Italy had emerged from the 1815 settlement, drawn up at Vienna by the representatives of the powers which had defeated Napoleon, without any form of political identity. Even the loose Confederation which the German peoples enjoyed (or, rather, suffered under) was lacking in Italy. The Italian peninsula consisted of the two provinces of Lombardy and Venetia, which were integral parts of the Habsburg Monarchy; the wholly independent states of the Kingdoms of Piedmont-Sardinia and Naples; the Papal States under the sovereignty of the pope; the rather smaller Grand Duchy of Tuscany; the yet smaller Duchies of Parma and Modena,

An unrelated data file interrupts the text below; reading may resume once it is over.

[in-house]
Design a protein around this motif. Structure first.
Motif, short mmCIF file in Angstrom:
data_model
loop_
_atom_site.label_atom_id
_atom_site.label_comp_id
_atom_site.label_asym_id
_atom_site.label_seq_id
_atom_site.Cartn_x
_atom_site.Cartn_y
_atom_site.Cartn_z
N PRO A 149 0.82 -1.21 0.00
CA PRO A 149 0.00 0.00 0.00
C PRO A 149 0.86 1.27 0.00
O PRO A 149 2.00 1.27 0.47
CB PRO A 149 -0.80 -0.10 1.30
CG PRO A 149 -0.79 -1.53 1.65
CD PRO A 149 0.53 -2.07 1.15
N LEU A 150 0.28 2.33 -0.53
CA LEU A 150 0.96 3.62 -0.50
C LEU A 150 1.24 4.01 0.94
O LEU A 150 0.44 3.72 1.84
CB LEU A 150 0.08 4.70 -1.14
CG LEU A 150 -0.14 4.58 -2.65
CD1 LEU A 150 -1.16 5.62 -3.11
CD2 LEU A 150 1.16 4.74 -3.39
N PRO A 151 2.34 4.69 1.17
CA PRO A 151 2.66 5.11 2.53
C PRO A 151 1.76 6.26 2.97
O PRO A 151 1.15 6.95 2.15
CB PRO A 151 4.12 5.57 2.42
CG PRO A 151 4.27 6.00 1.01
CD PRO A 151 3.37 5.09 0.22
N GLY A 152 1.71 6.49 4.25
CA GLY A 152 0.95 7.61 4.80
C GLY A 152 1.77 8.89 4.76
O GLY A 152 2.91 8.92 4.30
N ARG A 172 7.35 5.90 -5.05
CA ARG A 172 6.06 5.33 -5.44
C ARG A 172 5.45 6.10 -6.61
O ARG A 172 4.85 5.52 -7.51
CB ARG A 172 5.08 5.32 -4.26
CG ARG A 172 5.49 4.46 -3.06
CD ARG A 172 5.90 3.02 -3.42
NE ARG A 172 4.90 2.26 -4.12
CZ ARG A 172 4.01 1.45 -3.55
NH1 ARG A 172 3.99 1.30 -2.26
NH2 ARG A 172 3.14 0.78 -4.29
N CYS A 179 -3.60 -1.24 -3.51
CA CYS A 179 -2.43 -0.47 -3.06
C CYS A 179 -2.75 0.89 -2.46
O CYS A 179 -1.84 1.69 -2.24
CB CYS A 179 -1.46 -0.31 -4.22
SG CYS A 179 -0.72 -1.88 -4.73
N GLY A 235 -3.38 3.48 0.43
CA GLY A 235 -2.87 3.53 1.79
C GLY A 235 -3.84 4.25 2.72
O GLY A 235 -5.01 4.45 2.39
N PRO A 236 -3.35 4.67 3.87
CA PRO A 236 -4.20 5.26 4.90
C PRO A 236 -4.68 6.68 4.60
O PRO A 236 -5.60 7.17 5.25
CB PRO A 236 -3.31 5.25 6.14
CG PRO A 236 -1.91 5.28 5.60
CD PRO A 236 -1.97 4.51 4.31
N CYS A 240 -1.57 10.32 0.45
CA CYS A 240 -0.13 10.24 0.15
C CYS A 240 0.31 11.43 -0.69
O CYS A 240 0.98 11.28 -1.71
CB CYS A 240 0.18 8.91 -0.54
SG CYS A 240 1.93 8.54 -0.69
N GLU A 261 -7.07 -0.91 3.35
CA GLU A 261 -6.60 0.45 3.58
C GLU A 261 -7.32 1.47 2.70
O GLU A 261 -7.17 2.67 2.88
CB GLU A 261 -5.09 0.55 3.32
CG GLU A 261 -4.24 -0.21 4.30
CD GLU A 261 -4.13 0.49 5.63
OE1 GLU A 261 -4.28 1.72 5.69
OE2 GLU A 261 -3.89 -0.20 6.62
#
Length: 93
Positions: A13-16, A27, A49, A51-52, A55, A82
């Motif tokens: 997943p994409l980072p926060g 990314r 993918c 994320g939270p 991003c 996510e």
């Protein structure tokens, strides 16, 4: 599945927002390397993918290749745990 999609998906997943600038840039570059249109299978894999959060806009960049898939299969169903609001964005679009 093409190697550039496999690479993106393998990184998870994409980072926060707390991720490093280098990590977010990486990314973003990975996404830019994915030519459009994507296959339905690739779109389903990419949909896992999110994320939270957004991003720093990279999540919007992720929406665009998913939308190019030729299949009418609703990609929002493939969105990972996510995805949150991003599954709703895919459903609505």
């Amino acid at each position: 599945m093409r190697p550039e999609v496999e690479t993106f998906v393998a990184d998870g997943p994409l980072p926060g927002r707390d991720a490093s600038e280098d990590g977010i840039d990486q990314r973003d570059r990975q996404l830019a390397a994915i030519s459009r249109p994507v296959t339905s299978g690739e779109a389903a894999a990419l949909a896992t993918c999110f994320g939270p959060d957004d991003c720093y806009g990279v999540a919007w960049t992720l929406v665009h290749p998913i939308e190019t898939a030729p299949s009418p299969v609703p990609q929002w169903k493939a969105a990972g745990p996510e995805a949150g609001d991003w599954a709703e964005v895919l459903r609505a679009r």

and three or four minute states without political significance. For all intents and purposes, then, ‘Italy’ was a term for the cultural and geographical unit which consisted of six independent states and an im portant part of the Austrian empire.